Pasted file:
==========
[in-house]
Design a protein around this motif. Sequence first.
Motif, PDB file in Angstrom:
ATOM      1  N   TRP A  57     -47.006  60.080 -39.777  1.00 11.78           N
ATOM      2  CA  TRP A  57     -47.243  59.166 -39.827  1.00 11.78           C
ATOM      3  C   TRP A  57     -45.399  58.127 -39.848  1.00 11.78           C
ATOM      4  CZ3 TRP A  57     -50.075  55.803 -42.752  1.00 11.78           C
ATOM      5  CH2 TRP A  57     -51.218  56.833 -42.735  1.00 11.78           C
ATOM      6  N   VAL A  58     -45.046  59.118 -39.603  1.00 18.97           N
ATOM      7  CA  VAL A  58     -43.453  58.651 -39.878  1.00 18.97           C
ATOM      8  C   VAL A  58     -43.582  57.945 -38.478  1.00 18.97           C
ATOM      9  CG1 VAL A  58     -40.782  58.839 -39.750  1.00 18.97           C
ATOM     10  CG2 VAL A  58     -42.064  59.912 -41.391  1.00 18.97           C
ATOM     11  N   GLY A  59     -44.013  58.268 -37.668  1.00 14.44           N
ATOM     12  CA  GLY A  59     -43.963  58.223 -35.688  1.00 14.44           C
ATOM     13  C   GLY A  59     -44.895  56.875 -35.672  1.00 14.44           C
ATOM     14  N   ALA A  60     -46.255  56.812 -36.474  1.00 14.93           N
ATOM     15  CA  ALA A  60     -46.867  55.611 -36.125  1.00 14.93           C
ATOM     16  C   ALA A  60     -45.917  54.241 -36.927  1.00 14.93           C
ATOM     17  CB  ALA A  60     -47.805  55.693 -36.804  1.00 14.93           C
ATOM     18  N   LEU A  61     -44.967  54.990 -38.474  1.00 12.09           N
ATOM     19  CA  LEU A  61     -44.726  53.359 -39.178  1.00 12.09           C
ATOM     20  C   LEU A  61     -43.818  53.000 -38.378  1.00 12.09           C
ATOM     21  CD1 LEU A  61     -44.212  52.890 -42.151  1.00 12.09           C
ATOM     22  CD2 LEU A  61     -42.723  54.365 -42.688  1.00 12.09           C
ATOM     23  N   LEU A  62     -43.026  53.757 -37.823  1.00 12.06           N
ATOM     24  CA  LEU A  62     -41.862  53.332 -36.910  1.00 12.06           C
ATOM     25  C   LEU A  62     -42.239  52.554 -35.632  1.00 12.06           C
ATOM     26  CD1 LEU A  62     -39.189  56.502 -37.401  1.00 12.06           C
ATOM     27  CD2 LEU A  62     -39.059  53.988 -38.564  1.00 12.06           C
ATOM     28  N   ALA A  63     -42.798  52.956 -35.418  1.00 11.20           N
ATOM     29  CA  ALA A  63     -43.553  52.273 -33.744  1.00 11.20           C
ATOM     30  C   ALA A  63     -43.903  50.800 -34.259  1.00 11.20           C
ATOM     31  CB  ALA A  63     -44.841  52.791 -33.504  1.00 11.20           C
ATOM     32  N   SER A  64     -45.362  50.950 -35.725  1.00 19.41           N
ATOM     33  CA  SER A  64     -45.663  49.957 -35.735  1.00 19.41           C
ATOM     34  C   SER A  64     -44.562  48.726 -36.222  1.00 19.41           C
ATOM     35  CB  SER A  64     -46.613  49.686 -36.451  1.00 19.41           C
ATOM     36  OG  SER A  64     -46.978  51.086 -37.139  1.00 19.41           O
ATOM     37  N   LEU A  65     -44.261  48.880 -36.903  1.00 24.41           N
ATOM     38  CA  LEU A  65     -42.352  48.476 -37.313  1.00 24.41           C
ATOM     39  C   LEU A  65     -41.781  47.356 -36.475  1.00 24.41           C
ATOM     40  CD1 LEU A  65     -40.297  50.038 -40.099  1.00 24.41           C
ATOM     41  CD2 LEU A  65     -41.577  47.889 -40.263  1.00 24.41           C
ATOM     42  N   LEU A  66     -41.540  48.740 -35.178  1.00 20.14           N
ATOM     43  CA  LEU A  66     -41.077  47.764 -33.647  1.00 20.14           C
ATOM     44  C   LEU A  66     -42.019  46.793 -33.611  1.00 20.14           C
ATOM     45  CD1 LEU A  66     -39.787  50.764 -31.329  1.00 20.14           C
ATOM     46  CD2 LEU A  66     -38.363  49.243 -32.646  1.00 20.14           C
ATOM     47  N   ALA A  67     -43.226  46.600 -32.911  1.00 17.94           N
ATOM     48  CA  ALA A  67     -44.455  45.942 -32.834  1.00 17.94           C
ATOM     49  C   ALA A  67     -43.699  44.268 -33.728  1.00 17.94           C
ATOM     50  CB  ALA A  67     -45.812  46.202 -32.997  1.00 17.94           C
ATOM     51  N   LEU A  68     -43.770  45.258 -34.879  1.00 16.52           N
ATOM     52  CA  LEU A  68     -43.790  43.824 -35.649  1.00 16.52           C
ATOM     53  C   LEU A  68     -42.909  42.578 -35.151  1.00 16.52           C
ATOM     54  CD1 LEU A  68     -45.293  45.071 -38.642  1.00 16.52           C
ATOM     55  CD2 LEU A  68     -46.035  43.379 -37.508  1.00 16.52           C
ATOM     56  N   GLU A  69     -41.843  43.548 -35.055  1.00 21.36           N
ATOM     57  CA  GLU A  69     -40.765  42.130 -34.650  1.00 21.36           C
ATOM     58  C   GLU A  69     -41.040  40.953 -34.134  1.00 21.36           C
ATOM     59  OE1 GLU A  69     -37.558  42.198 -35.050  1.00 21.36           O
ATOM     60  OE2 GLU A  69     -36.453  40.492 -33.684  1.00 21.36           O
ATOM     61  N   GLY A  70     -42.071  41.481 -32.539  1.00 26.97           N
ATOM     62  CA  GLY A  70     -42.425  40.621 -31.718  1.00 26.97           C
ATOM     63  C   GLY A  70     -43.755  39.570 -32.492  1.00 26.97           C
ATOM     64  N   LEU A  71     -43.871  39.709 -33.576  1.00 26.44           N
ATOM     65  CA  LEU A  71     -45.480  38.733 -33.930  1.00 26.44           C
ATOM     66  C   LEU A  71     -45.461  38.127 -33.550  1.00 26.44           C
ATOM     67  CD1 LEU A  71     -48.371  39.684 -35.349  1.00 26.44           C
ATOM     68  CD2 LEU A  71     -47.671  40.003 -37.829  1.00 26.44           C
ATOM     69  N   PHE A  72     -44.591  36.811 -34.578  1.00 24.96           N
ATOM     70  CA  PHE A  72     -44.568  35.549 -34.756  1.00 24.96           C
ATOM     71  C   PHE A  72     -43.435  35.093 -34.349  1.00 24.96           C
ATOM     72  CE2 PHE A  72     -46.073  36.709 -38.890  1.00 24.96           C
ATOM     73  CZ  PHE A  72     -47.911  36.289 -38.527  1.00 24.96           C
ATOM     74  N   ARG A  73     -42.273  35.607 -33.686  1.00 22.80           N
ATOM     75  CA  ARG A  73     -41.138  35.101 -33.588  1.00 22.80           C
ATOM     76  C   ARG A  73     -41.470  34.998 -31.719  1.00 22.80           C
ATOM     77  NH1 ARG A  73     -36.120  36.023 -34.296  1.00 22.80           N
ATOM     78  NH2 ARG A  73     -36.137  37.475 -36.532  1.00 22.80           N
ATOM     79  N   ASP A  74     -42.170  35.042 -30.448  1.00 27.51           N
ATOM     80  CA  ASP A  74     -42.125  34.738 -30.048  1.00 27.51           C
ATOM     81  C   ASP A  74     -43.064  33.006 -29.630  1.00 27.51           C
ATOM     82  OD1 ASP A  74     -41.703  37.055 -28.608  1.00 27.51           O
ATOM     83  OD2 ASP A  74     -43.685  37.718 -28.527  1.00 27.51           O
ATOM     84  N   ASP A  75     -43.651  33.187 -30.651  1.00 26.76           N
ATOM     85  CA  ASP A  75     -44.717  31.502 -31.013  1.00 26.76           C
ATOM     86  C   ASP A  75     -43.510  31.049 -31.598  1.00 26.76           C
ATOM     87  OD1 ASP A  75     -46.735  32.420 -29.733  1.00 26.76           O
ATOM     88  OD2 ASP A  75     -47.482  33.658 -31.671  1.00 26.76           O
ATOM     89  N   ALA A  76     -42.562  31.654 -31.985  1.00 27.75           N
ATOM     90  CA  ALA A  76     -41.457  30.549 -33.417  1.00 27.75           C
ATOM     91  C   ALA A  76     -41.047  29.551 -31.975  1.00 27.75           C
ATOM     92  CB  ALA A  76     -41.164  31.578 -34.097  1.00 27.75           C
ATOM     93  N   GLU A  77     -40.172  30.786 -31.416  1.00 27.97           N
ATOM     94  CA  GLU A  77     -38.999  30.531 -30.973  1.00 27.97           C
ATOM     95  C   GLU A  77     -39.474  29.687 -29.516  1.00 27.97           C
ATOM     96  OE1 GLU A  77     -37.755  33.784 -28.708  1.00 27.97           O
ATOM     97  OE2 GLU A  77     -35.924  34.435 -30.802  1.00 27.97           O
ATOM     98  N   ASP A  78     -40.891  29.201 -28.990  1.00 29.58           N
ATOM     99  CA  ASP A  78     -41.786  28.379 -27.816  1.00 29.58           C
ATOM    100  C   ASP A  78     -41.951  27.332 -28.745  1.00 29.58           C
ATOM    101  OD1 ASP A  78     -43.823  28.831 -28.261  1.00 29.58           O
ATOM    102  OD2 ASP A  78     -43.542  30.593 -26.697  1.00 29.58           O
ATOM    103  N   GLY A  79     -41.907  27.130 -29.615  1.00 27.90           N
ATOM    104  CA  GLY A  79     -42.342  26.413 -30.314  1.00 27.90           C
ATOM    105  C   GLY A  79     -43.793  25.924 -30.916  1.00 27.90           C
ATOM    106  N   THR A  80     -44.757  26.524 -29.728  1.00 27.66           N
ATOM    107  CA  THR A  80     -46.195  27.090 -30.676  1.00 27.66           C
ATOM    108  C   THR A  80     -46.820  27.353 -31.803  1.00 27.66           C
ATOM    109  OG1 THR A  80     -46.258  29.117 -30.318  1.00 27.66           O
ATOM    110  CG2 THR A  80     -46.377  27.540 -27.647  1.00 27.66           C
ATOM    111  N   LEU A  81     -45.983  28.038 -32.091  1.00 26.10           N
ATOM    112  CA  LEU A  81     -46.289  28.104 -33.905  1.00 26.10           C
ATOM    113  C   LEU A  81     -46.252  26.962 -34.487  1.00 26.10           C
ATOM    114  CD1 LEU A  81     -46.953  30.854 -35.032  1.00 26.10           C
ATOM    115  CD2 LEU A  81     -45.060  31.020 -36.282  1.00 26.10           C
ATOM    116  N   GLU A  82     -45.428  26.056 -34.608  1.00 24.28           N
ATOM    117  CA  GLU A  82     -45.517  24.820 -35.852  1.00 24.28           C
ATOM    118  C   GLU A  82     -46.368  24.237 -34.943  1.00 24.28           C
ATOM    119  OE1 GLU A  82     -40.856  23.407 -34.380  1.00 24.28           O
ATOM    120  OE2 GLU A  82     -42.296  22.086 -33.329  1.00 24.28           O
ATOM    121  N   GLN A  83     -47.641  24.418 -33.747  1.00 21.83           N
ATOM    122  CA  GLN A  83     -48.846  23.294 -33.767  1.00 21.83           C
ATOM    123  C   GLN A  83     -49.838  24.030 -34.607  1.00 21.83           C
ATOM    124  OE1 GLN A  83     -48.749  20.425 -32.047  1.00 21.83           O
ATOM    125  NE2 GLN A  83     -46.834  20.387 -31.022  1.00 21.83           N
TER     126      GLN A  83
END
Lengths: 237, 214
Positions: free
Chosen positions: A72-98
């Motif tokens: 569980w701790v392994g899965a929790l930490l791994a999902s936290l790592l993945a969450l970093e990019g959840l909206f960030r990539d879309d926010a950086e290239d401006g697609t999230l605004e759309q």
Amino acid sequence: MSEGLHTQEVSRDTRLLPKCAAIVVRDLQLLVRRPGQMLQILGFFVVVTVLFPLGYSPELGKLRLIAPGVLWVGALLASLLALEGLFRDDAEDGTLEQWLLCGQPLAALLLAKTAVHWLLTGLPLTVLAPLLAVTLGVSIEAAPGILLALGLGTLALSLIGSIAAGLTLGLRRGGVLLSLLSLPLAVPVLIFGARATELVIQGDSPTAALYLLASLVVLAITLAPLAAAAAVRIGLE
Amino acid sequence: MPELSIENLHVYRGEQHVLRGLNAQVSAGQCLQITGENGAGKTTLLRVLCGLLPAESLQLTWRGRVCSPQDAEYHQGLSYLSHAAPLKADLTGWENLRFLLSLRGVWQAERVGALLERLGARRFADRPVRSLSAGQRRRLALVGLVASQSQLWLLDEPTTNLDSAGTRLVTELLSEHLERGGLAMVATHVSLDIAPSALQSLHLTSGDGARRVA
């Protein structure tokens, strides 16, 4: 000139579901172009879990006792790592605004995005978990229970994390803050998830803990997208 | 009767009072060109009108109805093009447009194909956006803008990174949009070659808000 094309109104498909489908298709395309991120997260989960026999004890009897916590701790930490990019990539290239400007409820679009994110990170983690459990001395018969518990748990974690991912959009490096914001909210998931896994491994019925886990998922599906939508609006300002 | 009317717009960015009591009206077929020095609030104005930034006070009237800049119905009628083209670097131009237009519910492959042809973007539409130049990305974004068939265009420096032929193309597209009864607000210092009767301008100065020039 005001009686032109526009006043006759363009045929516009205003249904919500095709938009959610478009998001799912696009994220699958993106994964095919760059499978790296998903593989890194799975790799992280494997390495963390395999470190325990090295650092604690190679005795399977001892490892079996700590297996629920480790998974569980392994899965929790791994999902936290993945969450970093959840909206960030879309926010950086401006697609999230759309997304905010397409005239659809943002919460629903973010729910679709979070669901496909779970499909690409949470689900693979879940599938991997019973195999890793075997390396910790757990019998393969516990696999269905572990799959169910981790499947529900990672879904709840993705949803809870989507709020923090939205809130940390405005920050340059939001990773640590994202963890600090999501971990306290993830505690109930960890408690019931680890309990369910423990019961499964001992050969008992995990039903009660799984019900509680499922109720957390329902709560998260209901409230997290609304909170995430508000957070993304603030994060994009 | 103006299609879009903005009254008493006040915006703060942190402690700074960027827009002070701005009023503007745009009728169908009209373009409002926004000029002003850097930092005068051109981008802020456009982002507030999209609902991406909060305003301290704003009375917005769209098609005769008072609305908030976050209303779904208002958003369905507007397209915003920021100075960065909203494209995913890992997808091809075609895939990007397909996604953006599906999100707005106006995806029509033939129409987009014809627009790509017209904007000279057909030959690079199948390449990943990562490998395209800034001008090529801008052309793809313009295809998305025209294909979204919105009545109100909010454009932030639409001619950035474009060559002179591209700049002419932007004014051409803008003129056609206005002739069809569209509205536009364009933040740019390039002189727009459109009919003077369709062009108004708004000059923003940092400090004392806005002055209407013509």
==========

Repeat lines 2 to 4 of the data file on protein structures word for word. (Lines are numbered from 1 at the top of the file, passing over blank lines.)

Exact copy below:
Design a protein around this motif. Sequence first.
Motif, PDB file in Angstrom:
ATOM      1  N   TRP A  57     -47.006  60.080 -39.777  1.00 11.78           N